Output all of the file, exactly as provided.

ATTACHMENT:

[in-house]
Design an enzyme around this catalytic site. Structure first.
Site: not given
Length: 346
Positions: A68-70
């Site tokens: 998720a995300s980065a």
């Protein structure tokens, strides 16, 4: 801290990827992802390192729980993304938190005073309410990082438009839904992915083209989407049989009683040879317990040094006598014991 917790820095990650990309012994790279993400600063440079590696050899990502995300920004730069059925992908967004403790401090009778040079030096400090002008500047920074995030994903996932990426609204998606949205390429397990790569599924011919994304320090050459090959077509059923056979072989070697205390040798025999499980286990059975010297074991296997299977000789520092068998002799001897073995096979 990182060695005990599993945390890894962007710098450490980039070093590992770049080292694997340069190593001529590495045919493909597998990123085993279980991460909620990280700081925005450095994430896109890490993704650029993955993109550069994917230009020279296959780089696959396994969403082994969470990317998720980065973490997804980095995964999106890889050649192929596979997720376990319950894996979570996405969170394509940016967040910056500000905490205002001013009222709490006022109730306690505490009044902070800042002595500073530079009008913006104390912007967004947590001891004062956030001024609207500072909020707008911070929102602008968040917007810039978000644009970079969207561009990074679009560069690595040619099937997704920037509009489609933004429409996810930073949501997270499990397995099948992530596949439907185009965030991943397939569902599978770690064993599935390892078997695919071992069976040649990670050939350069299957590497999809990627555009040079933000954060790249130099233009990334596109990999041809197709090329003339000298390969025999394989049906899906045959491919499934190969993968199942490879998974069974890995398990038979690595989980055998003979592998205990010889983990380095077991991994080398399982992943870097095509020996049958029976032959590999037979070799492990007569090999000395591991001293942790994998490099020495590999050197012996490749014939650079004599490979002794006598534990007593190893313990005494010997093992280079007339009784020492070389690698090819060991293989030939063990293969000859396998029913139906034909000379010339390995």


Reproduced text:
[in-house]
Design an enzyme around this catalytic site. Structure first.
Site: not given
Length: 346
Positions: A68-70
């Site tokens: 998720a995300s980065a």
């Protein structure tokens, strides 16, 4: 801290990827992802390192729980993304938190005073309410990082438009839904992915083209989407049989009683040879317990040094006598014991 917790820095990650990309012994790279993400600063440079590696050899990502995300920004730069059925992908967004403790401090009778040079030096400090002008500047920074995030994903996932990426609204998606949205390429397990790569599924011919994304320090050459090959077509059923056979072989070697205390040798025999499980286990059975010297074991296997299977000789520092068998002799001897073995096979 990182060695005990599993945390890894962007710098450490980039070093590992770049080292694997340069190593001529590495045919493909597998990123085993279980991460909620990280700081925005450095994430896109890490993704650029993955993109550069994917230009020279296959780089696959396994969403082994969470990317998720980065973490997804980095995964999106890889050649192929596979997720376990319950894996979570996405969170394509940016967040910056500000905490205002001013009222709490006022109730306690505490009044902070800042002595500073530079009008913006104390912007967004947590001891004062956030001024609207500072909020707008911070929102602008968040917007810039978000644009970079969207561009990074679009560069690595040619099937997704920037509009489609933004429409996810930073949501997270499990397995099948992530596949439907185009965030991943397939569902599978770690064993599935390892078997695919071992069976040649990670050939350069299957590497999809990627555009040079933000954060790249130099233009990334596109990999041809197709090329003339000298390969025999394989049906899906045959491919499934190969993968199942490879998974069974890995398990038979690595989980055998003979592998205990010889983990380095077991991994080398399982992943870097095509020996049958029976032959590999037979070799492990007569090999000395591991001293942790994998490099020495590999050197012996490749014939650079004599490979002794006598534990007593190893313990005494010997093992280079007339009784020492070389690698090819060991293989030939063990293969000859396998029913139906034909000379010339390995």